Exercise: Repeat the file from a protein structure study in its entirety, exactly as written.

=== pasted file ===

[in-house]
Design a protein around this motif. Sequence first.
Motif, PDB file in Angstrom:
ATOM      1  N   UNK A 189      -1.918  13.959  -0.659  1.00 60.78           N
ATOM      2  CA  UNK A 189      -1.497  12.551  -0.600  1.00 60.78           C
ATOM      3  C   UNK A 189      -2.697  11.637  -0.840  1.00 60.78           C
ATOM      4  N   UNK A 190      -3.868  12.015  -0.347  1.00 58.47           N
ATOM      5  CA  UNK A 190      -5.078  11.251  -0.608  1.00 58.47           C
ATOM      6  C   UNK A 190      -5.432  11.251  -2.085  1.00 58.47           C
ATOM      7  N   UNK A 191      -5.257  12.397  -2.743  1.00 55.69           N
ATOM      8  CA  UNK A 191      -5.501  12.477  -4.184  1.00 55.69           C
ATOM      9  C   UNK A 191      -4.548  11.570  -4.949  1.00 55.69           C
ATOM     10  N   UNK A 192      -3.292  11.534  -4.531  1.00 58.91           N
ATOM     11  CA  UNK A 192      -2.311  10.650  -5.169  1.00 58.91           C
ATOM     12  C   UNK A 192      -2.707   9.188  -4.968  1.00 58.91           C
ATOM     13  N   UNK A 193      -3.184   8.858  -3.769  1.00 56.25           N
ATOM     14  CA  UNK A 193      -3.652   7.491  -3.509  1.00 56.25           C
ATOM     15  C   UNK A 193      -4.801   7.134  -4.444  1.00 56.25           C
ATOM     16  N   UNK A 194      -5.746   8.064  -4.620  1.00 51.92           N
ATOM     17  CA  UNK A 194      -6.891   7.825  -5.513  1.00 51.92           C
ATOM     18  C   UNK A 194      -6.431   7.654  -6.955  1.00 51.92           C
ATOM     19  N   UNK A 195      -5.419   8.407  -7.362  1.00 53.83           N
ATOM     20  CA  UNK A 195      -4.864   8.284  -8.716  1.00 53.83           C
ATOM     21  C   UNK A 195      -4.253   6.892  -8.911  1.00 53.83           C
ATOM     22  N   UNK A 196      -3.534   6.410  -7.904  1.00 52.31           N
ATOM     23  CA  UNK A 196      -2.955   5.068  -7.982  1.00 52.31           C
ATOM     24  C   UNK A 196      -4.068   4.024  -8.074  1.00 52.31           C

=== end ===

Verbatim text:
[in-house]
Design a protein around this motif. Sequence first.
Motif, PDB file in Angstrom:
ATOM      1  N   UNK A 189      -1.918  13.959  -0.659  1.00 60.78           N
ATOM      2  CA  UNK A 189      -1.497  12.551  -0.600  1.00 60.78           C
ATOM      3  C   UNK A 189      -2.697  11.637  -0.840  1.00 60.78           C
ATOM      4  N   UNK A 190      -3.868  12.015  -0.347  1.00 58.47           N
ATOM      5  CA  UNK A 190      -5.078  11.251  -0.608  1.00 58.47           C
ATOM      6  C   UNK A 190      -5.432  11.251  -2.085  1.00 58.47           C
ATOM      7  N   UNK A 191      -5.257  12.397  -2.743  1.00 55.69           N
ATOM      8  CA  UNK A 191      -5.501  12.477  -4.184  1.00 55.69           C
ATOM      9  C   UNK A 191      -4.548  11.570  -4.949  1.00 55.69           C
ATOM     10  N   UNK A 192      -3.292  11.534  -4.531  1.00 58.91           N
ATOM     11  CA  UNK A 192      -2.311  10.650  -5.169  1.00 58.91           C
ATOM     12  C   UNK A 192      -2.707   9.188  -4.968  1.00 58.91           C
ATOM     13  N   UNK A 193      -3.184   8.858  -3.769  1.00 56.25           N
ATOM     14  CA  UNK A 193      -3.652   7.491  -3.509  1.00 56.25           C
ATOM     15  C   UNK A 193      -4.801   7.134  -4.444  1.00 56.25           C
ATOM     16  N   UNK A 194      -5.746   8.064  -4.620  1.00 51.92           N
ATOM     17  CA  UNK A 194      -6.891   7.825  -5.513  1.00 51.92           C
ATOM     18  C   UNK A 194      -6.431   7.654  -6.955  1.00 51.92           C
ATOM     19  N   UNK A 195      -5.419   8.407  -7.362  1.00 53.83           N
ATOM     20  CA  UNK A 195      -4.864   8.284  -8.716  1.00 53.83           C
ATOM     21  C   UNK A 195      -4.253   6.892  -8.911  1.00 53.83           C
ATOM     22  N   UNK A 196      -3.534   6.410  -7.904  1.00 52.31           N
ATOM     23  CA  UNK A 196      -2.955   5.068  -7.982  1.00 52.31           C
ATOM     24  C   UNK A 196      -4.068   4.024  -8.074  1.00 52.31           C